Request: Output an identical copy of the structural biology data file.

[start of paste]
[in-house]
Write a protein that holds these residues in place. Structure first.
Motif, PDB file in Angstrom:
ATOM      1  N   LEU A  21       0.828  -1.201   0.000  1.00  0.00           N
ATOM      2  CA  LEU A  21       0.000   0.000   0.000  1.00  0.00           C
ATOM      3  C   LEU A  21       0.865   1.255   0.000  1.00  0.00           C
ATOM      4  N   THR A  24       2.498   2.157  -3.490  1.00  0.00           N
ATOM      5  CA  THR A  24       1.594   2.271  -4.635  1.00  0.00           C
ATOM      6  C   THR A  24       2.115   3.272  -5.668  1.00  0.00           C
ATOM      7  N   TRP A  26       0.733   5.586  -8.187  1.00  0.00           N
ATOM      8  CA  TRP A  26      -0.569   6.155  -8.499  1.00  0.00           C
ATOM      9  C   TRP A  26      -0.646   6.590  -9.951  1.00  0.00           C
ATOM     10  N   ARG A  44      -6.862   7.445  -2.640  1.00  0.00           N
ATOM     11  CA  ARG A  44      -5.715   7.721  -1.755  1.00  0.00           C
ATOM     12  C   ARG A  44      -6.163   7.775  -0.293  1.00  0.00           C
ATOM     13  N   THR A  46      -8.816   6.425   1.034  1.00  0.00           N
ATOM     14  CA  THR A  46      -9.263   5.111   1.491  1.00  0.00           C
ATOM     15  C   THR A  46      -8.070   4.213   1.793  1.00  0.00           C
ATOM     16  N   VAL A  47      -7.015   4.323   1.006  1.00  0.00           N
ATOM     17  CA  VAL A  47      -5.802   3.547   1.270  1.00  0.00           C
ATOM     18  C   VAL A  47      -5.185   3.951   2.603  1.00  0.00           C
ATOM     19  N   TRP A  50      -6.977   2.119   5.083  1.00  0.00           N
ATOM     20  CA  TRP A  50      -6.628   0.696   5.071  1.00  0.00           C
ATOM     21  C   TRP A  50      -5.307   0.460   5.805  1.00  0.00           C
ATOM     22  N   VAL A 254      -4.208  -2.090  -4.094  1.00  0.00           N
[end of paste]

[in-house]
Write a protein that holds these residues in place. Structure first.
Motif, PDB file in Angstrom:
ATOM      1  N   LEU A  21       0.828  -1.201   0.000  1.00  0.00           N
ATOM      2  CA  LEU A  21       0.000   0.000   0.000  1.00  0.00           C
ATOM      3  C   LEU A  21       0.865   1.255   0.000  1.00  0.00           C
ATOM      4  N   THR A  24       2.498   2.157  -3.490  1.00  0.00           N
ATOM      5  CA  THR A  24       1.594   2.271  -4.635  1.00  0.00           C
ATOM      6  C   THR A  24       2.115   3.272  -5.668  1.00  0.00           C
ATOM      7  N   TRP A  26       0.733   5.586  -8.187  1.00  0.00           N
ATOM      8  CA  TRP A  26      -0.569   6.155  -8.499  1.00  0.00           C
ATOM      9  C   TRP A  26      -0.646   6.590  -9.951  1.00  0.00           C
ATOM     10  N   ARG A  44      -6.862   7.445  -2.640  1.00  0.00           N
ATOM     11  CA  ARG A  44      -5.715   7.721  -1.755  1.00  0.00           C
ATOM     12  C   ARG A  44      -6.163   7.775  -0.293  1.00  0.00           C
ATOM     13  N   THR A  46      -8.816   6.425   1.034  1.00  0.00           N
ATOM     14  CA  THR A  46      -9.263   5.111   1.491  1.00  0.00           C
ATOM     15  C   THR A  46      -8.070   4.213   1.793  1.00  0.00           C
ATOM     16  N   VAL A  47      -7.015   4.323   1.006  1.00  0.00           N
ATOM     17  CA  VAL A  47      -5.802   3.547   1.270  1.00  0.00           C
ATOM     18  C   VAL A  47      -5.185   3.951   2.603  1.00  0.00           C
ATOM     19  N   TRP A  50      -6.977   2.119   5.083  1.00  0.00           N
ATOM     20  CA  TRP A  50      -6.628   0.696   5.071  1.00  0.00           C
ATOM     21  C   TRP A  50      -5.307   0.460   5.805  1.00  0.00           C
ATOM     22  N   VAL A 254      -4.208  -2.090  -4.094  1.00  0.00           N